The UNITE Foundation was formed by four returned Peace Corps Volunteers who had also served as organizers of Camp UNITE in Togo, West Africa. Beginning with knowledge of Togolese culture and what it takes to run Camp UNITE, we began outlining our goals. We produced a mission statement and a strategic plan to describe how we would meet them. We created our Articles of Incorporation and bylaws describing how we intended to govern the organization, and conferred with a nonprofit consultant to gain insight on how best to organize our work.
The cultural exchange program began in a similar fashion, as we outlined the goals of the program and creating a strategic plan including upcoming goals for the first year to the first five years. We then created a work plan in which we delegated the tasks of creating materials, recruiting volunteers and speakers, and communicating with our partners at Camp UNITE and camps in the U.S.
Thus far, we have measured the success of the cultural exchange program by the participation of volunteers and the expressed interest of potential partner camps and schools. Members of the West African community have expressed their support for the program and the foundation itself, including the prestigious African dance troupe Balafon. In addition, The UNITE Foundation has recruited several volunteers and has tentative agreements to work with three American camps in 2009.
This past summer, The UNITE Foundation began its first camp partnership with PCCASP, an academic camp for gifted students in Bridgewater, Massachusetts. Two of our guest speakers were able to visit the camp for a day with the campers and to provide a presentation about Camp UNITE and The UNITE Foundation. During the presentation, the guest speakers provided information about West Africa, gave examples of young people they had known in Togo, and played a game to introduce gender equity issues. The PCCASP campers were so moved by the time they spent with our guest speakers that they contacted us at the end of the summer to let us know that they had collected over 300 soccer balls from friends and family that they wanted to send to Camp UNITE so that the campers could enjoy soccer matches in their home villages.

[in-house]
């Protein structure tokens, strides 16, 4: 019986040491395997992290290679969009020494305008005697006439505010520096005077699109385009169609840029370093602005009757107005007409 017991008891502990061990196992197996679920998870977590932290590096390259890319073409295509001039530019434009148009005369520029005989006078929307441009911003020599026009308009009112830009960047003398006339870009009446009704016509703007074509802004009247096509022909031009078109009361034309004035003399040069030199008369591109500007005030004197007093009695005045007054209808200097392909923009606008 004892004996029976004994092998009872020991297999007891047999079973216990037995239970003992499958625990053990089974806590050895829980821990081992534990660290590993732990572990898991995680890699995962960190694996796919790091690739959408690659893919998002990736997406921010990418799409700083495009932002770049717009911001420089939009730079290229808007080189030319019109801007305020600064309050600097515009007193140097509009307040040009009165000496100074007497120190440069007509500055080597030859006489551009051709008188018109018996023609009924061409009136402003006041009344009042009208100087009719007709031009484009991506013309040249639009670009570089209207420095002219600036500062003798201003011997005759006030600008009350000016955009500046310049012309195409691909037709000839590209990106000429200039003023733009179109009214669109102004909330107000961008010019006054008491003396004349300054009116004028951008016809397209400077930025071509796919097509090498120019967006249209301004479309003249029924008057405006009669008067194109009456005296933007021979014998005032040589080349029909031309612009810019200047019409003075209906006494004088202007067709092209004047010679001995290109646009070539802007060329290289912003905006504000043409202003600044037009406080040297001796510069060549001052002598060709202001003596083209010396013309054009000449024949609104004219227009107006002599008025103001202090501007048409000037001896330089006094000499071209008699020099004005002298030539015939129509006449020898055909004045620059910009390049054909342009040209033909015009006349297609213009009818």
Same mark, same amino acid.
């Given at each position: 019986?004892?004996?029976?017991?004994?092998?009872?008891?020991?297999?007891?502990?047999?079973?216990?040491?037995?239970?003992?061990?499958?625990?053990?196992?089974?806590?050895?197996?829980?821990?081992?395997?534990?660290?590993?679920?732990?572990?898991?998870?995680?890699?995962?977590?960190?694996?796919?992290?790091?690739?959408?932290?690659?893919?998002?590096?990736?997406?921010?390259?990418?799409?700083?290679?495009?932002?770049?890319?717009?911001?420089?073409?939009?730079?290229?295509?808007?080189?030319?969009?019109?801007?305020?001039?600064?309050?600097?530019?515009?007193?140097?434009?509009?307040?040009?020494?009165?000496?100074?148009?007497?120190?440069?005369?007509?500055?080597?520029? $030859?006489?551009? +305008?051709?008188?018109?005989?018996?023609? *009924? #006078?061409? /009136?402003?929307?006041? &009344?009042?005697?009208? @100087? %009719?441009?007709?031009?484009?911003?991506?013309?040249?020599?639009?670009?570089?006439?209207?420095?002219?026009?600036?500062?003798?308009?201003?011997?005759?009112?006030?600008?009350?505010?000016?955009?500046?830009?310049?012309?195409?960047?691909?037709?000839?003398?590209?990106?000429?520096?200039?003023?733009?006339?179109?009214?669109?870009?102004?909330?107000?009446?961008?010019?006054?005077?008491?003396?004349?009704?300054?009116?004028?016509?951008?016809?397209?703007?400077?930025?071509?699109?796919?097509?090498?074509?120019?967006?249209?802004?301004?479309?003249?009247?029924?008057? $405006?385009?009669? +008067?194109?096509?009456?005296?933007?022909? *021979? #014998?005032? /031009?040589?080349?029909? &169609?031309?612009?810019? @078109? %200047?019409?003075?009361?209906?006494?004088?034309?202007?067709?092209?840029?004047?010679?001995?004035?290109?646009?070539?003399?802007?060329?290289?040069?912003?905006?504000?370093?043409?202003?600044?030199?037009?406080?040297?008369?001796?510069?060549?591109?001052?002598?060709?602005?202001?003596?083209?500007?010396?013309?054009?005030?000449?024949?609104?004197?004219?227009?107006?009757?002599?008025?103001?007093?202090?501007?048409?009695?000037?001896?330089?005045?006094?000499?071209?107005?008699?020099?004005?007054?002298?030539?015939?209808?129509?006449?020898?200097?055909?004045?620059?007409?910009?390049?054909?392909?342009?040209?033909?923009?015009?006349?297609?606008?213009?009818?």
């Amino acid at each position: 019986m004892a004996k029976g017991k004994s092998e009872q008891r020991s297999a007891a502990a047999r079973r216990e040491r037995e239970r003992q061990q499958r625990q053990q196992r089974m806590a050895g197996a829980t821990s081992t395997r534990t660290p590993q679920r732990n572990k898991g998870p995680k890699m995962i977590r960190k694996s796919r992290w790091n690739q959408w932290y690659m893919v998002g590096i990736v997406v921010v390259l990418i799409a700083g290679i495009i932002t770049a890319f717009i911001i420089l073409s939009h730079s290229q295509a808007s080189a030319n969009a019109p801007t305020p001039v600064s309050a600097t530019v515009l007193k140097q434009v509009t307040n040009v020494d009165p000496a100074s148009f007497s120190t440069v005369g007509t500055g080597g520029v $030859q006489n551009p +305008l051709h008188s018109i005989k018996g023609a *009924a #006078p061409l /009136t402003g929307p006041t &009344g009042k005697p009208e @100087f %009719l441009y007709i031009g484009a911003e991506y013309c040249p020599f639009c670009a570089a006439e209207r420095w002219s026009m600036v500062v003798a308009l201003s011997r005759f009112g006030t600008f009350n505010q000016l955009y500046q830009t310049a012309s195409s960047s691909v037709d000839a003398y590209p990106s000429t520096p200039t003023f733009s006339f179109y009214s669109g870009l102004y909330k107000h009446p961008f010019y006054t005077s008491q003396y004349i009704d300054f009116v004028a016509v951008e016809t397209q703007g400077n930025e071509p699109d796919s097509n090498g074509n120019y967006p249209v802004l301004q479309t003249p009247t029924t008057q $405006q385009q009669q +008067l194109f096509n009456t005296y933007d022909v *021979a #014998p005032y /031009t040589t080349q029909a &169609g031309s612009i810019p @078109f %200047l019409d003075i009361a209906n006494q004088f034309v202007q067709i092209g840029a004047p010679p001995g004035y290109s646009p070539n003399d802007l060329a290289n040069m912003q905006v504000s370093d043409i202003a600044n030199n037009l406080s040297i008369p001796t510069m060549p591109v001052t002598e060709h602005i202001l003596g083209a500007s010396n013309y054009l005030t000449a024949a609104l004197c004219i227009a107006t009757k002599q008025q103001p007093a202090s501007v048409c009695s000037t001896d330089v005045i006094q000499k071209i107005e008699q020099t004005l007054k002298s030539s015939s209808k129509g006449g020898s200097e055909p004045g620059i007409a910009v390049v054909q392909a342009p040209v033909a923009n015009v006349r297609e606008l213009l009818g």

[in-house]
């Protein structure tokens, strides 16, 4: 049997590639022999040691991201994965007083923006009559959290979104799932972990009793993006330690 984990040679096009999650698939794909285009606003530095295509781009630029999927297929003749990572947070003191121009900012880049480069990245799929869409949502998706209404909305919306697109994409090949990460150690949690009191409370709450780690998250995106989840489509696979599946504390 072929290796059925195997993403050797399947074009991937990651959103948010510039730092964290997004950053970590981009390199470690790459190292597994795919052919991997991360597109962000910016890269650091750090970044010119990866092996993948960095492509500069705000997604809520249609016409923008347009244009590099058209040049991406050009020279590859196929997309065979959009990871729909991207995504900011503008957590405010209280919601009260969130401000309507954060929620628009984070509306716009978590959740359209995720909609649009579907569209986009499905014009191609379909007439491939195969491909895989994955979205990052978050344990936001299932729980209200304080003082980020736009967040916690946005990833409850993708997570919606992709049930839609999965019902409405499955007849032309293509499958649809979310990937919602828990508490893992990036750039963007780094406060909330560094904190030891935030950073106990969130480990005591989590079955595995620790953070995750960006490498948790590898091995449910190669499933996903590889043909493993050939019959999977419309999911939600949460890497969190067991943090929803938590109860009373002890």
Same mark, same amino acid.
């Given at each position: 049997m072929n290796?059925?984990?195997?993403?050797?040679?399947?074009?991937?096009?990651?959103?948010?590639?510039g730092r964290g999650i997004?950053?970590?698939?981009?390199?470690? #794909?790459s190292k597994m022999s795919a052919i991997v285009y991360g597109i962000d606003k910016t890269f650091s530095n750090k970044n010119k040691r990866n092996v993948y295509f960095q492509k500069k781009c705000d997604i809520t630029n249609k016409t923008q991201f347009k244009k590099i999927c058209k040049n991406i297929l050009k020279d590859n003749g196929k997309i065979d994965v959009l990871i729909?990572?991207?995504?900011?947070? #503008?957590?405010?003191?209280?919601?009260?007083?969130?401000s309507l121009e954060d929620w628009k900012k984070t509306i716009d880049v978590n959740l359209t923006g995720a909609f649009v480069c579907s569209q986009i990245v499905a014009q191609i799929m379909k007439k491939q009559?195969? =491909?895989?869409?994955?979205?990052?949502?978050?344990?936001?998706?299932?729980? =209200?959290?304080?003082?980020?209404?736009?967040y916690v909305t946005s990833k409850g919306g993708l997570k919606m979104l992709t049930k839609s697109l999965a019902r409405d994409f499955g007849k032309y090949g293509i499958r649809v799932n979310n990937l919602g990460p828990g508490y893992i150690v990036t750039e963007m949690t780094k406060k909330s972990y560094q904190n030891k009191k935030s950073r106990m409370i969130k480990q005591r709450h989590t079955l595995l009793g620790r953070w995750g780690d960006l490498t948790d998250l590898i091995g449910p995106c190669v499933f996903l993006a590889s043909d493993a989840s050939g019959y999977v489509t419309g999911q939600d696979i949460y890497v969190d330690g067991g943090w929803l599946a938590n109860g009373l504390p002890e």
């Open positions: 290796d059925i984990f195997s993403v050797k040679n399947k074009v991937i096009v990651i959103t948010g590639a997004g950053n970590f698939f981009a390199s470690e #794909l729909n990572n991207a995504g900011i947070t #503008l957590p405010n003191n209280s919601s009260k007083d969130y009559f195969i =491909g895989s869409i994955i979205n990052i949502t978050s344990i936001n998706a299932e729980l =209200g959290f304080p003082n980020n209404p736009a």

While this was a different kind of involvement than we had expected, it was obvious that the time we spent with these campers had made an impact. They had continued to think about the problems that Togolese youth face and they had pinpointed something they could do to improve the lives of their contemporaries in West Africa. The PCCASP campers had chosen to affect change in Togo in their own unique way. This is exactly the kind of result The UNITE Foundation cultural exchange program aims for. We hope to continue our partnership with PCCASP by adding additional cultural exchange activities to the camp schedule for 2009.
In the coming years, we hope to increase the scope of the cultural exchange program, while working with additional partner camps to extend the reach of The UNITE Foundation and engage more American and Togolese students in cross cultural education and development.